Opinion Intel has produced some unbelievable graphs in its time: projected Itanium market share, next node power consumption, multicore performance boosts.
The graph the company showed at the latest VLSI Symposium, however, was a real shocker.
While computer science course take-up had gone up by over 90 percent in the past 50 years, electrical engineering (EE) had declined by the same amount. The electronics graduate has become rarer than an Intel-based smartphone.
That part of the technology industry which makes actual things has always been divided between hardies and softies, soldering iron versus compiler, oscilloscope versus debugger. But the balance is lost. Something is very wrong at the heart of our technology creation supply chain. Where have all the hardies gone?
Engineering degree courses are a lot of work across a lot of disciplines, with electronic engineering being particularly diverse. The theoretical side covers signal, information, semiconductor devices, optical and electromagnetic theory, so your math better be good. There’s any amount of building-block knowledge needed, analog and digital, across the spectrum from millimetric RF to high-energy power engineering. And then you have to know how to apply it all to real-world problems.
This isn’t the sort of course you opt to do because you can’t think of anything better. You have to want to do it, you have to think you can do it, and do it well enough to make it your career. For that, you need prior exposure. You need to have caught the taste. And to make it your life, there has to be a lot of high-status, high-wage, high-interest jobs to do at the end.
For most of the history of electronics, there was a clear on-ramp for this, and an industry that didn’t need to sell itself because it was inherently cool for geeks. Look at the biographies of the great names in electronics, such as Intel co-founder Robert Noyce or the father of the information age Claude Shannon, and you find them as teenage geeks pulling apart, then rebuilding, then designing radios and guitar amplifiers. The post-war generation tore down military surplus gear to teach themselves how it worked and mine components to build their own inventions.
This was practical magic, and you could start your apprenticeship by taking the back off a broken wireless. If you had the urge, it was easy to ignite the fascination. Then came the pull of working on the front line of the Cold War, the space age, the era of technological innovation. The industry had its supply of fresh creativity guaranteed.
This remained broadly true until the turn of the 21st century. A reasonably bright kid would realize that the family CRT television was in fact a particle accelerator with its own multi-kilovolt high-voltage generator, plus any amount of repurposable bits and pieces. You can have a lot of fun with that. There were old analog gadgets all over the place. You could peer inside Granny’s radio and follow the signal path, component by component. That’s all gone now.
By one measure we’re surrounded by more electronics in our homes than entire nations had years back. Your granny’s radio had maybe 10 transistors; a smart speaker, trillions. But it’s a computer, like your flat-screen television is a computer, like your phone and your audio system and even your light bulbs are computers. The electronics have sunk out of sight, beneath thick alluvial layers of software, and it will do nothing without that software. Any budding geek will expend their youthful vigor on that software first, because it’s where the animating genius of technology now resides. We have literally cut ourselves off from a primary wellspring of fascination.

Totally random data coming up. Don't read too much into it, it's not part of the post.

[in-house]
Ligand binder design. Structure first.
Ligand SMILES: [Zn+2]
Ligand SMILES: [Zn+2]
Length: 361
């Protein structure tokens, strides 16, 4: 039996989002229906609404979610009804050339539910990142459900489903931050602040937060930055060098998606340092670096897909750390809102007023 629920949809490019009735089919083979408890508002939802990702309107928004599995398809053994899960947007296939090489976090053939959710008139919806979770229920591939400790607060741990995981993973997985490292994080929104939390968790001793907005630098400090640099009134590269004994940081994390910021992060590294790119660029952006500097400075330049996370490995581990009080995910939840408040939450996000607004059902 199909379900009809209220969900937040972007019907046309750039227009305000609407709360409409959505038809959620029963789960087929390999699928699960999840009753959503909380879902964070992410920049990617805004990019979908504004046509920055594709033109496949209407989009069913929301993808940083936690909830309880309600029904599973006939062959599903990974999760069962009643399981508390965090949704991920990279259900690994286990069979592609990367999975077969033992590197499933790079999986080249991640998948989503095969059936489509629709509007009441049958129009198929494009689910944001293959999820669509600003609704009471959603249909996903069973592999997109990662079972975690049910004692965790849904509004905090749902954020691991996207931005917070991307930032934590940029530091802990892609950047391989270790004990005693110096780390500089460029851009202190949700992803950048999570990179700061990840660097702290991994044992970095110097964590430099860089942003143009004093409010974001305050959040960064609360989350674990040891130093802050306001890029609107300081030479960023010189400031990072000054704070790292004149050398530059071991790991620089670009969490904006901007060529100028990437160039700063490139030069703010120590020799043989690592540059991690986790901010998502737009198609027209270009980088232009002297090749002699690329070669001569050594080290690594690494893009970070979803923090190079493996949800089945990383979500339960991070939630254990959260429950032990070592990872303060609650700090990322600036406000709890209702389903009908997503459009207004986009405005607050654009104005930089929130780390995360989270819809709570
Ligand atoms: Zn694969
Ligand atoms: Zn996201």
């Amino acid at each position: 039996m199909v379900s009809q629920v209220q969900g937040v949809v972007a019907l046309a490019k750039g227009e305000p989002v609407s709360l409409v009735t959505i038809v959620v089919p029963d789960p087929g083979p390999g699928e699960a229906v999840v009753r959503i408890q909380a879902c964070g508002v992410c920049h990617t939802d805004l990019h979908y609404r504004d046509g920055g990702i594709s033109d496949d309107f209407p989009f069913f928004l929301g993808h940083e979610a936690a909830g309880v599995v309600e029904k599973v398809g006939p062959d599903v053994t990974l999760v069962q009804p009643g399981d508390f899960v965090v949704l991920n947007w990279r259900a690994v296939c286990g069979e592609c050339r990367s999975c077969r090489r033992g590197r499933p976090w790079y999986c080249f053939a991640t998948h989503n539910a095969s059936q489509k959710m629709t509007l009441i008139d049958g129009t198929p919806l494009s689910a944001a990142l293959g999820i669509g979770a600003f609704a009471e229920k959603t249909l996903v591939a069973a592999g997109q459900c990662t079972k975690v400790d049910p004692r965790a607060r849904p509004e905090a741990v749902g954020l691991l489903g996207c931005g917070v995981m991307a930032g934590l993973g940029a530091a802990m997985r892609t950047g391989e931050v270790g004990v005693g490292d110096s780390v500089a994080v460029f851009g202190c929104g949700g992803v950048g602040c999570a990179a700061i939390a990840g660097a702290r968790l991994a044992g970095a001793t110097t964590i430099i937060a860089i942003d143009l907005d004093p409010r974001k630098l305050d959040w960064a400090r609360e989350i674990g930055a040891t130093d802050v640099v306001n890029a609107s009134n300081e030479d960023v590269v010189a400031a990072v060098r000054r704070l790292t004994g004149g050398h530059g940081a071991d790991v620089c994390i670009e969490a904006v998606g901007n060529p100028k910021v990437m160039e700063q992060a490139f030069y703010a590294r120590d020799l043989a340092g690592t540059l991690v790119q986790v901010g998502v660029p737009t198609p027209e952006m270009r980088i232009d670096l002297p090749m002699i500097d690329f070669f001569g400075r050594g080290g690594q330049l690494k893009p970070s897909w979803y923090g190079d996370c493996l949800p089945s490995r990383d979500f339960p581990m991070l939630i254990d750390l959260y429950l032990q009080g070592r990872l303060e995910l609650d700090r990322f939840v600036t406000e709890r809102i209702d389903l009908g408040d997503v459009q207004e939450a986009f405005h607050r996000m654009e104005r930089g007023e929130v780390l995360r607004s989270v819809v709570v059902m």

It’s not all bad news. Maker culture is alive and well and access to knowledge has never been easier. You don’t have to go to a library to get out books on electronic theory or find a fascinating gadget to eviscerate. It’s all on YouTube. Want to take apart a laser guidance system for an RAF Tornado’s bombs? Mike’s Electric Stuff has you covered. But the maker culture revolves around embedded processors and high-level concepts: you can build radios at home now that cost a few pounds and outperform the state-of-the-art of a few years back, but they’re software defined.
If electronics are invisible at the start of a young engineer’s life, they’re invisible in the careers they may contemplate. In the 20th century, not only were consumer electronics full of differentiated analog desirables, aerospace, the military, and industry were too. Now everything is a screen with a UI. You still need a lot of specialized hardware, but it’s vanished deep into the background. No wonder everyone who once had the itch to solder now gets ensnared by software.
Is it possible for electronics to regain its status as a primary inspiration for young technical minds? Not without a lot of work from the industry that needs those minds. The pipeline it once took as the natural order has broken. To reach new talent, the magic must be re-exposed. What goes on in chip fabs, design bureaus, and product R&D is just as important – and as magical – as ever.
Selling that message in a world designed by geeks to distract geeks is going to be hard. But we have hero brands, and hero space missions, and temples where we conjure machines, atom by atom. If the industry can’t look at all the incredible things it does and find a way to capture imaginations, it deserves every last heartbreaking graph of doom. ®